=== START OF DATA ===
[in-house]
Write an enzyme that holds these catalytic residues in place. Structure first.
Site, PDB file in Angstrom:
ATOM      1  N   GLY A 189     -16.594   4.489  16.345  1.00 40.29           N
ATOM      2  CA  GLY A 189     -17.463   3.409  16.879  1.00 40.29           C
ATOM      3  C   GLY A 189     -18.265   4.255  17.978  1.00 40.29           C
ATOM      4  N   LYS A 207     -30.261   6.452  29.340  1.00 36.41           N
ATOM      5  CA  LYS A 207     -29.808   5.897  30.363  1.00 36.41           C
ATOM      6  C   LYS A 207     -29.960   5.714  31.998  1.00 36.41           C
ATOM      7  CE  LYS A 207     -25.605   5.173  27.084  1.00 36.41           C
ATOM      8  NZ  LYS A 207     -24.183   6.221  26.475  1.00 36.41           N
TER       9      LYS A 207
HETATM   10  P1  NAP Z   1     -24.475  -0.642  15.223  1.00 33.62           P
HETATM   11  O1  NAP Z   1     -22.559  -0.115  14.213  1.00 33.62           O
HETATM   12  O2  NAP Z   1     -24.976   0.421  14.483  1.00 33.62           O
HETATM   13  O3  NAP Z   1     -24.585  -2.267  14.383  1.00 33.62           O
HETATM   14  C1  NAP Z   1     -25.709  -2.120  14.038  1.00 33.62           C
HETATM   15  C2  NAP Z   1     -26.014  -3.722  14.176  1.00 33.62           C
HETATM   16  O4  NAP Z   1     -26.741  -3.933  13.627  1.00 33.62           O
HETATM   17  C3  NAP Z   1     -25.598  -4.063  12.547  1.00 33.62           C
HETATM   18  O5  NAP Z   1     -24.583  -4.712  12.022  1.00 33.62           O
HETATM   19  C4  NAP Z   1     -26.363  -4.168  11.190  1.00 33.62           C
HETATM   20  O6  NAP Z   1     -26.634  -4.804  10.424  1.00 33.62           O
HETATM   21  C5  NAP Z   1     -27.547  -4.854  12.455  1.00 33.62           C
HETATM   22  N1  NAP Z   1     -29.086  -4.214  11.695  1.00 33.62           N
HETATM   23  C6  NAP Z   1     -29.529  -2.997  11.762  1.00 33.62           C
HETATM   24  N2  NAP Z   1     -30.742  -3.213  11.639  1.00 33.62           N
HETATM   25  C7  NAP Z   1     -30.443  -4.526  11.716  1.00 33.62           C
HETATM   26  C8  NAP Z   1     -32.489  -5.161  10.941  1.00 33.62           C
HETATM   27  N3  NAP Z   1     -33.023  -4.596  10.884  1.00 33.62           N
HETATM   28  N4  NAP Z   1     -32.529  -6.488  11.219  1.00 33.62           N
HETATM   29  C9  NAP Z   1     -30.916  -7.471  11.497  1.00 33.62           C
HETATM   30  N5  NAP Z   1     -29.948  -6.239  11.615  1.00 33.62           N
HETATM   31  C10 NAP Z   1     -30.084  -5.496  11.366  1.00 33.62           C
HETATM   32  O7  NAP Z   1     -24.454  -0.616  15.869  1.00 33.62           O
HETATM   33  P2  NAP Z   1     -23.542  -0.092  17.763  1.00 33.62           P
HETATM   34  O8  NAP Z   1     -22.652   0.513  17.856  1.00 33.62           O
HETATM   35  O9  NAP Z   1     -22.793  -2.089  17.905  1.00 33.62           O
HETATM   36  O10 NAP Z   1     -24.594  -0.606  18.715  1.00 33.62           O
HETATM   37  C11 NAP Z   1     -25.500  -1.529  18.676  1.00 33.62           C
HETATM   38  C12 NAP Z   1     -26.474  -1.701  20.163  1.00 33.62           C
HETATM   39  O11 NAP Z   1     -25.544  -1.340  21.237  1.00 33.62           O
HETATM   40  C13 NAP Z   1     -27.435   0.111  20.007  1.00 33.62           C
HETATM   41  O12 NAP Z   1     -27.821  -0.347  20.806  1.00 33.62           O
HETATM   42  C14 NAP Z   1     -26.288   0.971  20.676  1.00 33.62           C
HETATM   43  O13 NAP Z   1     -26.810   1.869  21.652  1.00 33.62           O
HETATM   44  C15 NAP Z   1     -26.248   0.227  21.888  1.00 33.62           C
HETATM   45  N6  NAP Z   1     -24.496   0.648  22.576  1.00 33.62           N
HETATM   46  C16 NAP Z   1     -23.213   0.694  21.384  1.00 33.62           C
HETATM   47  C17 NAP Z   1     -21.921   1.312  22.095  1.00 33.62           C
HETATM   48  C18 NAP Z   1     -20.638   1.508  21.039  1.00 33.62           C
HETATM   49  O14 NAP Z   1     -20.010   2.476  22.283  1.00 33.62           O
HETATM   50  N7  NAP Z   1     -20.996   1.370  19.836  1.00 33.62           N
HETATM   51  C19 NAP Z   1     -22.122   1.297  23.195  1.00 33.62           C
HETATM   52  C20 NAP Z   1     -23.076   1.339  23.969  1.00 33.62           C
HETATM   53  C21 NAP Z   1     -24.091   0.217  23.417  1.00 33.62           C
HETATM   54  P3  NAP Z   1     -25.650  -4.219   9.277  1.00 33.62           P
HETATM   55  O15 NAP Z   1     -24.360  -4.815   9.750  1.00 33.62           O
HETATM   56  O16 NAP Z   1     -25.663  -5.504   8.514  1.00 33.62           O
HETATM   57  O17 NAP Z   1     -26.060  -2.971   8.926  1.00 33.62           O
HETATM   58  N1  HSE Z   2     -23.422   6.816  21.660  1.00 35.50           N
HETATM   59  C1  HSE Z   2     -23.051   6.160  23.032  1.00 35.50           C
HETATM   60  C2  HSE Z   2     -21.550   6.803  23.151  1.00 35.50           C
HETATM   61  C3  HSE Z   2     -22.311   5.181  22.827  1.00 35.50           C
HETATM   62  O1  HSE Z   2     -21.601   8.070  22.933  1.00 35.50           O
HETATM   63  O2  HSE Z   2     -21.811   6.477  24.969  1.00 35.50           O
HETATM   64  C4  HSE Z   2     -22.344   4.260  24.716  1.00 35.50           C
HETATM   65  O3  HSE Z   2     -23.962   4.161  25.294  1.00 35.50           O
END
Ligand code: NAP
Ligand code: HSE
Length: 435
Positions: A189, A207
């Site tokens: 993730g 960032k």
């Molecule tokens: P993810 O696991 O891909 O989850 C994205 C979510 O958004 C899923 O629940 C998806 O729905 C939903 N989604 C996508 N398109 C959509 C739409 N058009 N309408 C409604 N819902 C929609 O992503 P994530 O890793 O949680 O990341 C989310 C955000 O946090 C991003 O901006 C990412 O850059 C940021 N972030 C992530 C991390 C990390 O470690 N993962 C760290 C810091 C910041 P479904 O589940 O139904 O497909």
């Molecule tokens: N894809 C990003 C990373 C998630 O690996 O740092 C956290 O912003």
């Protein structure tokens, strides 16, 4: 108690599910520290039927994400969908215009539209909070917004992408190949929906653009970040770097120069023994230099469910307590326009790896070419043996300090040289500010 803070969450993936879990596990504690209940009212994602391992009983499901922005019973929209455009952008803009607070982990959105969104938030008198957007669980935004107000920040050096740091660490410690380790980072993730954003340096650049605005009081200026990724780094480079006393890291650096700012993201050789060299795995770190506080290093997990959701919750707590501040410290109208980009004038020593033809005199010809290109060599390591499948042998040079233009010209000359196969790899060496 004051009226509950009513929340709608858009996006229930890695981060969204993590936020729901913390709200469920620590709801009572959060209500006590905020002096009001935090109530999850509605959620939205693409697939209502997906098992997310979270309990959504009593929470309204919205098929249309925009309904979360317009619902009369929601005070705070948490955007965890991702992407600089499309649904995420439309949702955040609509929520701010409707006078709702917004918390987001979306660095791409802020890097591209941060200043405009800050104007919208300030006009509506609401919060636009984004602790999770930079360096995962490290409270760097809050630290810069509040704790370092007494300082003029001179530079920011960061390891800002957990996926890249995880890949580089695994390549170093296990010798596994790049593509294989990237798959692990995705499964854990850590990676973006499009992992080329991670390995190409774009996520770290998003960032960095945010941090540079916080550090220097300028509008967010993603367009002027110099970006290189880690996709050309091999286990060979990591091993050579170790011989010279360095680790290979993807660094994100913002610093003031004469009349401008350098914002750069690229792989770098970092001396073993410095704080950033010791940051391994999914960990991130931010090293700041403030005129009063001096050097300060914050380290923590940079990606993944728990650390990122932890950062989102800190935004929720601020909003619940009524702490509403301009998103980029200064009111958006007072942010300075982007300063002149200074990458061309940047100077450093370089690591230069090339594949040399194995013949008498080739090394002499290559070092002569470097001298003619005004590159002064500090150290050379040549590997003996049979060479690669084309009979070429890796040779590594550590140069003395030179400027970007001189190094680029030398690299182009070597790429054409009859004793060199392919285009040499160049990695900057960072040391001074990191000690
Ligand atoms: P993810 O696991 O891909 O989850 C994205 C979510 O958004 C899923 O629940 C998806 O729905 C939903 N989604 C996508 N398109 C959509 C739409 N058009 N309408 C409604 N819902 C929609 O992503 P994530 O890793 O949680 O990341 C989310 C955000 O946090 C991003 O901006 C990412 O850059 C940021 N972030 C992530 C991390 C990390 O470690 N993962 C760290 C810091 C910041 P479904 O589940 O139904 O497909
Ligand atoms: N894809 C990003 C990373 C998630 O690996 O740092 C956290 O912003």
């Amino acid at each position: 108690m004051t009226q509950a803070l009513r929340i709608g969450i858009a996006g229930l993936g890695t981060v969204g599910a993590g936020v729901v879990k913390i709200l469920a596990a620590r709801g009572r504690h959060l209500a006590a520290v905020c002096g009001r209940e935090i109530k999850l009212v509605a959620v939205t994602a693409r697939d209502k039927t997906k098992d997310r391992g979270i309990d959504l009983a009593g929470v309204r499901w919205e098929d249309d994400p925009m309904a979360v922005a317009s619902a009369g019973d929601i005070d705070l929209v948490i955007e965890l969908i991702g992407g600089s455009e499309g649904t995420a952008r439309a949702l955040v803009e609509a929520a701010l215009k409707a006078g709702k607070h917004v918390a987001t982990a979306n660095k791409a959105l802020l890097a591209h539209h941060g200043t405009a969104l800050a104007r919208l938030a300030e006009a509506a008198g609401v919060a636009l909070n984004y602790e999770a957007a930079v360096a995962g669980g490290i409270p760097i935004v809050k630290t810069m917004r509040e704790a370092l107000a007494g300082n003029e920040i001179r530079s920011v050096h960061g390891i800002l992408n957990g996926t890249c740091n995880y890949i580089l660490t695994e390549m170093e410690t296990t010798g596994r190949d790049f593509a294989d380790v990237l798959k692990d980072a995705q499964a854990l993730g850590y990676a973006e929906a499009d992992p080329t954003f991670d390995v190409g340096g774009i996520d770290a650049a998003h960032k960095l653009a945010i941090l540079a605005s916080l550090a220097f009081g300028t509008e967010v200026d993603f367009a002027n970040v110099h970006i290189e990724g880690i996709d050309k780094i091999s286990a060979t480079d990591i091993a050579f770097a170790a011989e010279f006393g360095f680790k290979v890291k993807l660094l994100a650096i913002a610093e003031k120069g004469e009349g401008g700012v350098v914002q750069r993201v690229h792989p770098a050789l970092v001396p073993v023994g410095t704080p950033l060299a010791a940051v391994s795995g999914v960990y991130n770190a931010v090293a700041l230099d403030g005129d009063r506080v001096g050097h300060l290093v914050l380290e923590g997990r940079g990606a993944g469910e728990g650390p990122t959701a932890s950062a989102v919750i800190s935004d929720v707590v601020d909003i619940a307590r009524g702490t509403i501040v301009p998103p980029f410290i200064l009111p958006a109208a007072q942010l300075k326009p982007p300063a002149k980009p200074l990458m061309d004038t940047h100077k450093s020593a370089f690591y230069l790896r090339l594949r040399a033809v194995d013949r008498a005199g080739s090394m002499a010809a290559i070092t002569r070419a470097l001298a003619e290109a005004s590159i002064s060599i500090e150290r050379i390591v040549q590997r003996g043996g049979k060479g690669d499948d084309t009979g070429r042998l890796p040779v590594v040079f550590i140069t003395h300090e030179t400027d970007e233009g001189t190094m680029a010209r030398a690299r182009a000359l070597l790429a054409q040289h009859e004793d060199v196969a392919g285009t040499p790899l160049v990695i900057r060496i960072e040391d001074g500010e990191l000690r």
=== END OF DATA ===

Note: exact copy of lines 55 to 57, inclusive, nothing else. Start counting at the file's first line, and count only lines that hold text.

HETATM   52  C20 NAP Z   1     -23.076   1.339  23.969  1.00 33.62           C
HETATM   53  C21 NAP Z   1     -24.091   0.217  23.417  1.00 33.62           C
HETATM   54  P3  NAP Z   1     -25.650  -4.219   9.277  1.00 33.62           P